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  • $\begingroup$ Replacing NSolve with Solve results in an amusingly large output. $\endgroup$ – DumpsterDoofus Oct 17 '14 at 0:32
  • $\begingroup$ @DumpsterDoofus It is same with Solve[eq1, Reals] // N $\endgroup$ – Junho Lee Oct 17 '14 at 1:19
  • $\begingroup$ Yup, I was just thinking about how the OP assigned this as a homework assignment for his students, and that his students would probably be terrified by the long Root[...] expressions if they happened to try to symbolically solve it and were expecting something simple. $\endgroup$ – DumpsterDoofus Oct 17 '14 at 1:27
  • $\begingroup$ @DumpsterDoofus This is not proper for hand-write solving, so he was explained with "my calc IV students to solve with Mathematica" $\endgroup$ – Junho Lee Oct 17 '14 at 1:33
  • $\begingroup$ Wow, Junho. Thanks for the insight on the Eliminate command. I have not used that before; time to play. Hard to believe that this immediately and effectively reduced the system to a solvable problem. Wish I had this kind of computing power when I was in school 30 years ago. $\endgroup$ – ChazS Oct 17 '14 at 2:25
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NSolve can deal primarily with polynomial systems. In this problem one can easily eliminate the exponential term from the gradient of f. Since stationary point conditions depend only on directions of gradients and not on their magnitudes, one can divide gradients by nonzero functions.

scaledgradf = Grad[y E^(x - z), {x, y, z}]/E^(x - z);
gradg = Grad[9 x^2 + 4 y^2 + 36 z^2 - 36, {x, y, z}];
gradh = Grad[x y + y z - 1, {x, y, z}];

(sol=NSolve[{
  scaledgradf == L gradg + M gradh,
  9 x^2 + 4 y^2 + 36 z^2 == 36,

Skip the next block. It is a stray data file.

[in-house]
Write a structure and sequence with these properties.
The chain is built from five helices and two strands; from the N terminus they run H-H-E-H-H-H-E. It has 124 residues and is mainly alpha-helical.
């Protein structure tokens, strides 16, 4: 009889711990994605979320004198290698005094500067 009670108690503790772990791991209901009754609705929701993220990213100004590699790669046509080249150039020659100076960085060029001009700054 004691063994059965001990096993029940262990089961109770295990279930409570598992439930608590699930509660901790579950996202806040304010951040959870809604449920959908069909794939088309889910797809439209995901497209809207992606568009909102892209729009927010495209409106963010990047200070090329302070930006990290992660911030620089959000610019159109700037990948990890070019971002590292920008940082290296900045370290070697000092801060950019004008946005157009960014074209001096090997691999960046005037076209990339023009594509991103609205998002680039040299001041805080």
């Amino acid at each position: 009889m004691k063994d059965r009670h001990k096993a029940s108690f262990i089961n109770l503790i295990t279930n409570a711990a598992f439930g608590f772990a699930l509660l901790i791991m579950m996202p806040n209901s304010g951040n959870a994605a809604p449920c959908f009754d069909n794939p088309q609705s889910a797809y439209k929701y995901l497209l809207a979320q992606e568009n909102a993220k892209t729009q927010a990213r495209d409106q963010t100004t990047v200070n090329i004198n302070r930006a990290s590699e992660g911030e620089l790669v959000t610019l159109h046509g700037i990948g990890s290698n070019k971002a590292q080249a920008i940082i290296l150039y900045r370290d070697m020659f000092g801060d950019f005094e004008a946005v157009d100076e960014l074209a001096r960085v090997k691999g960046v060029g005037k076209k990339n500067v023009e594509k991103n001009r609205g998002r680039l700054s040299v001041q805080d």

x y + y z == 1},
 {x, y, z, L, M}, Reals
 ]);//Timing

{0.107982, Null}

y E^(x - z) /. sol

{-5.35065, -0.0687504, 0.408449, 9.7938}

| improve this answer | |
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f[y_] = y Exp[(x - z)] /. Solve[
      9 x^2 + 4 y^2 + 36 z^2 == 36 && x y + y z == 1,
      {x, y, z}] // Simplify // Quiet;

cons = List @@ Reduce[
    Cases[f[y], Sqrt[t_] -> t, Infinity][[1]] > 0,
    y];

ptsMax = {y /. #[[2]], #[[1]]} & /@
  (Outer[NMaximize[{#1, #2}, y] &,
      f[y],
     cons, 1] // Flatten[#, 1] &)

{{-0.545867, -0.0687504}, {2.96569, 3.62876}, {-0.452387, -0.12009}, {1.76806, 9.7938}}

ptsMin = {y /. #[[2]], #[[1]]} & /@
  (Outer[NMinimize[{#1, #2}, y] &,
      f[y],
     cons, 1] // Flatten[#, 1] &)

{{-2.96569, -2.41294}, {0.904622, 0.408449}, {-2.15701, -5.35065}, {0.452387, 1.70417}}

Plot[Evaluate[f[y]], {y, -3, 3},
 Epilog -> {Red, PointSize[Medium],
   Tooltip[Point[#], #] & /@ ptsMax,
   Darker[Blue],
   Tooltip[Point[#], #] & /@ ptsMin}]

enter image description here

| improve this answer | |
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  • $\begingroup$ Thanks Bob. I'm working through your code and learning new things. Interesting to see these solutions points while comparing it to my rudimentary plot: ContourPlot3D[{ 9 x^2 + 4 y^2 + 36 z^2 == 36, x y + y z == 1 }, {x, -4, 4}, {y, -4, 4}, {z, -2, 2}, BoxRatios -> {2, 3, 1} ] $\endgroup$ – ChazS Oct 17 '14 at 2:28